The United Kingdom, the European Union and the euro area
On 23 June British citizens will vote on whether their country should remain in the European Union (EU). This is an incredibly important political event for the future of the Union. A vote in favour of Brexit would seriously weaken the European project at a time when it is facing huge challenges that require strong leadership and a high degree of cohesion among member states.
The most immediate challenge is undoubtedly how to tackle the waves of immigrants both from conflict zones and also from neighbouring countries with much lower standards of living than the Union's. This migratory pressure on its borders has jeopardised some of the EU's fundamental principles such as the free and unrestricted movement of people and the Schengen Area and, together with other issues of an economic nature, explains the rise in populist parties in many European countries, almost always strongly Eurosceptic.
This migratory challenge is naturally closely related to the Union's geopolitical and defence issues as the possible political responses have repercussions on various countries with which the EU has highly complex relations (Russia, Turkey and the countries in the Middle East and North Africa) and on which different factions within the EU often do not agree.
The other great challenge is to push forward with building a sufficiently complete and stable economic and monetary union (EMU). The crisis in the euro area uncovered serious deficits in the current design of the single currency and, although a great deal of measures have been implemented (advances in banking union and in coordinating budget and competitiveness policies), the accomplishments to date are still far from what is required.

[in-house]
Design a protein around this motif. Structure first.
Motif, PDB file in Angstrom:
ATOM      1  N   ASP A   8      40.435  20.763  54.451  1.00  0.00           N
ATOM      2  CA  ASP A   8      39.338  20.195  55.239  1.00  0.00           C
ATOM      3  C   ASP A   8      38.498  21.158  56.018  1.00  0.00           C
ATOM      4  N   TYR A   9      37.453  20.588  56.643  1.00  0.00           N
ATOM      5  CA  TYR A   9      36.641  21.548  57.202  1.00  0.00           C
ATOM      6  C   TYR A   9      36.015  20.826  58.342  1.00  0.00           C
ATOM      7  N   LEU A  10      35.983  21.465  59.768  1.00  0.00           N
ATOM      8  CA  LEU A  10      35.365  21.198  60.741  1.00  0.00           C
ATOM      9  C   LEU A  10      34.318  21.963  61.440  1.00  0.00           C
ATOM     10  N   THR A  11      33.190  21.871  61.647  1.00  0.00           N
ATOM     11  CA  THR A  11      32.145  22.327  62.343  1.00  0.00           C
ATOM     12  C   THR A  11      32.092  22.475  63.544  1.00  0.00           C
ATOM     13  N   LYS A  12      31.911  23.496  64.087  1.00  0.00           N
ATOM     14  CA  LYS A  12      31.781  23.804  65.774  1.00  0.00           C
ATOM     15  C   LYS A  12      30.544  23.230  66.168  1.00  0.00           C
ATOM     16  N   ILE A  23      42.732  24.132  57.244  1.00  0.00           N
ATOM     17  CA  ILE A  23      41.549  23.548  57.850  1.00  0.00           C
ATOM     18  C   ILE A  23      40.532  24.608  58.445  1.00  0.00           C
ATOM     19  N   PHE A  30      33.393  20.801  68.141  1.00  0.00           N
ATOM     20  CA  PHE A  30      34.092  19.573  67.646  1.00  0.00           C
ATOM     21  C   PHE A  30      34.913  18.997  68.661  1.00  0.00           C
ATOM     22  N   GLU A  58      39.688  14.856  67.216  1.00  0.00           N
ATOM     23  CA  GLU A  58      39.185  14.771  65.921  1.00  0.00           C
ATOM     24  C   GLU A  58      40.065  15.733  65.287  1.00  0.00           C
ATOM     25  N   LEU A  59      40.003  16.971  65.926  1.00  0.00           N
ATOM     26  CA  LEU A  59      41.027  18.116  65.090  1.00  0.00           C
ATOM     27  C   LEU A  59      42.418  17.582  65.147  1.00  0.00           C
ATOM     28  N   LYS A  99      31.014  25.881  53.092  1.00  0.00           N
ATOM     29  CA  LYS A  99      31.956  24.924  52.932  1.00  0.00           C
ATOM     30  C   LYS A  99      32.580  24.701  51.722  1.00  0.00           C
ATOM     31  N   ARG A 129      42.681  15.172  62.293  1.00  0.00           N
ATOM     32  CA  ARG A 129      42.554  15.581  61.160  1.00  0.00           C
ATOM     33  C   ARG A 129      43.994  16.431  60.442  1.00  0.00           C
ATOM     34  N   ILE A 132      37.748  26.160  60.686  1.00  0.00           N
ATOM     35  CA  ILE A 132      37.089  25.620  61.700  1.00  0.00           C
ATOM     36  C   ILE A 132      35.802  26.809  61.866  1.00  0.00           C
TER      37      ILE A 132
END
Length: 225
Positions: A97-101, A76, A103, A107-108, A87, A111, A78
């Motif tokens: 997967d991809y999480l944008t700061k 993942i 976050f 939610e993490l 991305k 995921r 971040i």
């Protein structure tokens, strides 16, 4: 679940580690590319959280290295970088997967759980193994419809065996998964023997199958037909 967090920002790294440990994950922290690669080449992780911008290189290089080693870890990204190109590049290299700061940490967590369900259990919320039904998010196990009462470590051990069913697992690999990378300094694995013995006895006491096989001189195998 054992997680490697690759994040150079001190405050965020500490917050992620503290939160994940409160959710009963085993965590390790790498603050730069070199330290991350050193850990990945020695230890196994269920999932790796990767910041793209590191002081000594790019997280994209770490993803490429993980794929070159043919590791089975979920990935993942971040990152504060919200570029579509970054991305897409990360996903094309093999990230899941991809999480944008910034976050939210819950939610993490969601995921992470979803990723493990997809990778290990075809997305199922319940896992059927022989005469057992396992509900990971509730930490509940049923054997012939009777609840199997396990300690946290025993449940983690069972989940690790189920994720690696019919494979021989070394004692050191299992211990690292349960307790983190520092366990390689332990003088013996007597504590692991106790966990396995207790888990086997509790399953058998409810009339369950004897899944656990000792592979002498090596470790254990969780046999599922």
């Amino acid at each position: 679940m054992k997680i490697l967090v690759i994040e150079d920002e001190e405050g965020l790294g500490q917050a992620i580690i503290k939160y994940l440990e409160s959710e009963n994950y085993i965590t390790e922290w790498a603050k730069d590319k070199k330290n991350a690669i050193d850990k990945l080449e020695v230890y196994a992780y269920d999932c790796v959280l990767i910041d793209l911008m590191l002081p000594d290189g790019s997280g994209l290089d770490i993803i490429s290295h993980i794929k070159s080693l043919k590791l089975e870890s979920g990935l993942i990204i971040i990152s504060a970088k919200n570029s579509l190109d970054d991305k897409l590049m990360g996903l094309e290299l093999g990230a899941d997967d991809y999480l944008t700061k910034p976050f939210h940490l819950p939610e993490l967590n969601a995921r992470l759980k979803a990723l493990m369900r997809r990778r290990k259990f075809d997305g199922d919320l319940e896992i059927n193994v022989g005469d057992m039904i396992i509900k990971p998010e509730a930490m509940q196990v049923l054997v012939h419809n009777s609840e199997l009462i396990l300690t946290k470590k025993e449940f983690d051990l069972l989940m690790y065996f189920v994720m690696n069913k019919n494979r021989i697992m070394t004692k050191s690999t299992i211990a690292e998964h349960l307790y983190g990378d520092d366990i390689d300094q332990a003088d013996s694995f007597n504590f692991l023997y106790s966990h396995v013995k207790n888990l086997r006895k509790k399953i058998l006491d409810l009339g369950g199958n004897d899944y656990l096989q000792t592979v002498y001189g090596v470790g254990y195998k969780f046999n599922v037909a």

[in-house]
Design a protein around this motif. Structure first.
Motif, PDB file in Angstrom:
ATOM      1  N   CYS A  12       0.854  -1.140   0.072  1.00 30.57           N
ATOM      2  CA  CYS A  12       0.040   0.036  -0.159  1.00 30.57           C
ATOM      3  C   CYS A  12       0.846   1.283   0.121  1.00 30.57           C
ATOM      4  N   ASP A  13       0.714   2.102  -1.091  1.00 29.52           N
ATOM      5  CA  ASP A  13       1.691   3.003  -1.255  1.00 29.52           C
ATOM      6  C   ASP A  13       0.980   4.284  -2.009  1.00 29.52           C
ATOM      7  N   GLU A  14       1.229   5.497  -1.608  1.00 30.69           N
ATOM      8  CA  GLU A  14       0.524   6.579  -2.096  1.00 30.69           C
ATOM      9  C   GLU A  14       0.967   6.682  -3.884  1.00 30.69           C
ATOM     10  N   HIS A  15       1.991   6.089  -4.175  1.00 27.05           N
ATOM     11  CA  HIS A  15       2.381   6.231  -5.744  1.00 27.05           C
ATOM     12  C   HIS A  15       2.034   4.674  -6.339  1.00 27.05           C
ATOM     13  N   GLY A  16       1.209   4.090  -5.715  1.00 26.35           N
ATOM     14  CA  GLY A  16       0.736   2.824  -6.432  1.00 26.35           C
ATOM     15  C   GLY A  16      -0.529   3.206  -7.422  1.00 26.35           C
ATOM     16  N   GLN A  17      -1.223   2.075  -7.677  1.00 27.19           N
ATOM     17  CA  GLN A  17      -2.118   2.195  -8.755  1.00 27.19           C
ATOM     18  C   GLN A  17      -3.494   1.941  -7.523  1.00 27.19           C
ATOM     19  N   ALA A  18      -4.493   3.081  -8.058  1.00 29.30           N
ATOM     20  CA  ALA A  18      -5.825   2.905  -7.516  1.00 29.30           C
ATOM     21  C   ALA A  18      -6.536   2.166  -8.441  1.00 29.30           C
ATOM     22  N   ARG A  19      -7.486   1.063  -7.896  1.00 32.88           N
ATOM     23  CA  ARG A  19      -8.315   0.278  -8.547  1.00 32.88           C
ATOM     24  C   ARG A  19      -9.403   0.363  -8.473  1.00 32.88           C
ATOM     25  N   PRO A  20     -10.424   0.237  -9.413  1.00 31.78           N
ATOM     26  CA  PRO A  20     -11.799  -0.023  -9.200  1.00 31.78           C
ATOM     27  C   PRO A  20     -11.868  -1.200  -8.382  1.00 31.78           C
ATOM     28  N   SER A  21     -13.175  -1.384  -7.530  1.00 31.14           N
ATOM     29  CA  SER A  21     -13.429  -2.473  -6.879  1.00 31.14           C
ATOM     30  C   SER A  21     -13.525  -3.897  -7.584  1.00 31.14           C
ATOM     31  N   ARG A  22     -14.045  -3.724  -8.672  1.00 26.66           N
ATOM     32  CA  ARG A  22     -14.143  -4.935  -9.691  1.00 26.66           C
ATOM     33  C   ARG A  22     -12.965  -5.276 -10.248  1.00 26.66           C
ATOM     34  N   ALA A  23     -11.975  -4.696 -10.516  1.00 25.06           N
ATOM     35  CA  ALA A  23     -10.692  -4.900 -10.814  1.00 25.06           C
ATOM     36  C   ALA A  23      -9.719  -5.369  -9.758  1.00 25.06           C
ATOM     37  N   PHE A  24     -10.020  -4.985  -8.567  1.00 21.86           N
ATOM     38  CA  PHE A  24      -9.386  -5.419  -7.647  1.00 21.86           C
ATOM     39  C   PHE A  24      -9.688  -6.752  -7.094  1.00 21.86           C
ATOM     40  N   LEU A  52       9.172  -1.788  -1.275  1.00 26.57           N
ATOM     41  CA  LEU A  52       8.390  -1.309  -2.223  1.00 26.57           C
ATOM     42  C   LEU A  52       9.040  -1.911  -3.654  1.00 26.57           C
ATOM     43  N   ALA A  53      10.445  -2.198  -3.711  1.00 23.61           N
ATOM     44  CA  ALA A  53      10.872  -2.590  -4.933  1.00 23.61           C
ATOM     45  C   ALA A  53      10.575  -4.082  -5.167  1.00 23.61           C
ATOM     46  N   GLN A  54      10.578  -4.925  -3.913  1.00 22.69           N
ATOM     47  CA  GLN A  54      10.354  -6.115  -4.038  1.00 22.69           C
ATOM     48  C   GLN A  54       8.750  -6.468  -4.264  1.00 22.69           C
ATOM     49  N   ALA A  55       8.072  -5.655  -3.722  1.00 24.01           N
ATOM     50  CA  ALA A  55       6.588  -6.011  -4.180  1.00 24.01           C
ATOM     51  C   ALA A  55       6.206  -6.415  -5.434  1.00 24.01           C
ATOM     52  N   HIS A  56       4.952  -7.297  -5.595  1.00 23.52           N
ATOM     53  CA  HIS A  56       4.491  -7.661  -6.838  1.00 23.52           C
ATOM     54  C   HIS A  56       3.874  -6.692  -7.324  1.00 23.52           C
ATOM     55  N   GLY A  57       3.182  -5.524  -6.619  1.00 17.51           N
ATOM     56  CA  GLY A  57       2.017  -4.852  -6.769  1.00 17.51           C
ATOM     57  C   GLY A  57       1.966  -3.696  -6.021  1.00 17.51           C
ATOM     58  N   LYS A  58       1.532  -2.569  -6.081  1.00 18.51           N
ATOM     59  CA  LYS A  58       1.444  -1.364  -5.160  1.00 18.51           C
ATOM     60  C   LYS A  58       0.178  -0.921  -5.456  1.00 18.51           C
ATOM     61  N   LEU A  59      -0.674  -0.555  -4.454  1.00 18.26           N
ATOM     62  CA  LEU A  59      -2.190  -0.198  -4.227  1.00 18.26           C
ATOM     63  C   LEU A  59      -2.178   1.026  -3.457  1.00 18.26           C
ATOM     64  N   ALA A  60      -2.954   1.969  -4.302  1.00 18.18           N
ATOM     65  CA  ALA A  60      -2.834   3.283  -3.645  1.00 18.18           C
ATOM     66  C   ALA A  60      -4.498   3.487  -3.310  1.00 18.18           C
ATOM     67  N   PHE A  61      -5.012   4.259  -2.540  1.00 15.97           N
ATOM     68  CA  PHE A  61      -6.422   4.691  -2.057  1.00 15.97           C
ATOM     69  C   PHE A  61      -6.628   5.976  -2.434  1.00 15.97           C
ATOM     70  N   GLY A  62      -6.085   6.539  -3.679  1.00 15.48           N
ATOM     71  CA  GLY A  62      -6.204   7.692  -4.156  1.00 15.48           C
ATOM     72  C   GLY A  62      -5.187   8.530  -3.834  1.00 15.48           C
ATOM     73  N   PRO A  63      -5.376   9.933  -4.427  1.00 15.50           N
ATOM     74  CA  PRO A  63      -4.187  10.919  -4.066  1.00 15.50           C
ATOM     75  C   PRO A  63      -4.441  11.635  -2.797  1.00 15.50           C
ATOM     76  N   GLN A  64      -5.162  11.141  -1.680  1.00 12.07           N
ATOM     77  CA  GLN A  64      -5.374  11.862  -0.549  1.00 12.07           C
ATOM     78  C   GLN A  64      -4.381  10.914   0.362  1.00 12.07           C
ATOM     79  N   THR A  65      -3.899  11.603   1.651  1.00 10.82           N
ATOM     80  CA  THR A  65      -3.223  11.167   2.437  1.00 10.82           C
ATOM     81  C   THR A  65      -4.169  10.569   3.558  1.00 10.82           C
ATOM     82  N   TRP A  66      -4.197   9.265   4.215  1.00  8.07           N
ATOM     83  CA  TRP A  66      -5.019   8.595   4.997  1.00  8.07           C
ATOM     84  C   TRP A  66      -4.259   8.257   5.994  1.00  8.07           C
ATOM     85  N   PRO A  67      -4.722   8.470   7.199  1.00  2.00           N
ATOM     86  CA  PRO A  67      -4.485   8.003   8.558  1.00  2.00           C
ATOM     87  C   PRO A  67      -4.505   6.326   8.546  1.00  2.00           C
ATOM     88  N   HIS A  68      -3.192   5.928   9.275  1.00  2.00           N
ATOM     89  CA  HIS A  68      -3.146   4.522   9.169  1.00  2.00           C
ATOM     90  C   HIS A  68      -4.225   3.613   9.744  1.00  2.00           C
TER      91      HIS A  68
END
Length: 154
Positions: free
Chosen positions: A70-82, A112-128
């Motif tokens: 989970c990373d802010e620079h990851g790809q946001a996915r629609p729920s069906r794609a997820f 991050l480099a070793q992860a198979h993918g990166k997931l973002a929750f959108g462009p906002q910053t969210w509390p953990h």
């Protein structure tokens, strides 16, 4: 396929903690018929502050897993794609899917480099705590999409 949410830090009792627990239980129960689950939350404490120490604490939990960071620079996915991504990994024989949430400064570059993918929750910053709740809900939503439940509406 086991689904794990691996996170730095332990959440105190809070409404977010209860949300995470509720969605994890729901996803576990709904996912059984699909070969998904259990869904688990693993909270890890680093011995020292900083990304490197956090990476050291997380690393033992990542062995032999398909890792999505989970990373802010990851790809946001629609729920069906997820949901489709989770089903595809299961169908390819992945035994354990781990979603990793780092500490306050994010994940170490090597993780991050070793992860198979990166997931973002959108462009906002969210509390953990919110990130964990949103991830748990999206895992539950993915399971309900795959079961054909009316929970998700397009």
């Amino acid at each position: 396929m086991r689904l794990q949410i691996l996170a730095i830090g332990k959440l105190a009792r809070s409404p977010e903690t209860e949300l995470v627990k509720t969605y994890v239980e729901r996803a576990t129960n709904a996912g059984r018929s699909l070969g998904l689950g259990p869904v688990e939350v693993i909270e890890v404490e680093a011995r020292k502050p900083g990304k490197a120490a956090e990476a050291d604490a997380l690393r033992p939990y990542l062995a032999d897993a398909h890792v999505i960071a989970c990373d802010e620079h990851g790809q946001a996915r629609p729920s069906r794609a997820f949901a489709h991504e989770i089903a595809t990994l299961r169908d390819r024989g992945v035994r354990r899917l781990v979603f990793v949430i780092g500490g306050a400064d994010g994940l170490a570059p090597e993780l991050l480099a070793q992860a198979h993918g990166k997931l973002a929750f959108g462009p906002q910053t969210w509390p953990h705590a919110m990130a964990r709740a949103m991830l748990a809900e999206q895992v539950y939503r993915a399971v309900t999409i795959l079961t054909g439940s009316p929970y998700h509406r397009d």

The aspects in which the EU needs to make progress require a high degree of political integration as they entail significant losses of sovereignty in terms of policy, such as budgets and employment, which have always been national concerns.
If the EMU is not perfected enough over the next few years, the risk for its member states (and essentially for the EU as a whole) is unacceptable as, sooner or later, strong economic and financial tensions will reappear in the euro area which could be lethal for the single currency. The EMU is not adequately supported by political institutions (for instance, a single ministry for the economy and taxation) and neither does it have enough of its own economic policy tools to combat the imbalances that may arise within.
Europe's current political situation is not helping initiatives towards greater political integration to advance at the required rate. Its slow exit from the recession, with growth that is still weak and high levels of unemployment, as well as the aforementioned migratory tensions make it difficult for leaders to emerge in those member states that resolutely support such integration.
Given this situation, the centrifugal force caused by Brexit, especially if the UK votes not to remain the EU, represents both a huge risk and an opportunity for the euro area. Citizens of the region and their governments must realise that, for the EMU, the only possible response is even more integration. This response is vital for the very continuity and stability of the monetary union but, most particularly, it is crucial to combat adverse, uncertain scenarios, precisely like the one caused by the United Kingdom potentially leaving the EU.
Paradoxically, the euro area's reaction to the centrifugal force caused by the United Kingdom's political gambit should be one of centripetal force; advancing towards greater integration.
31 May 2016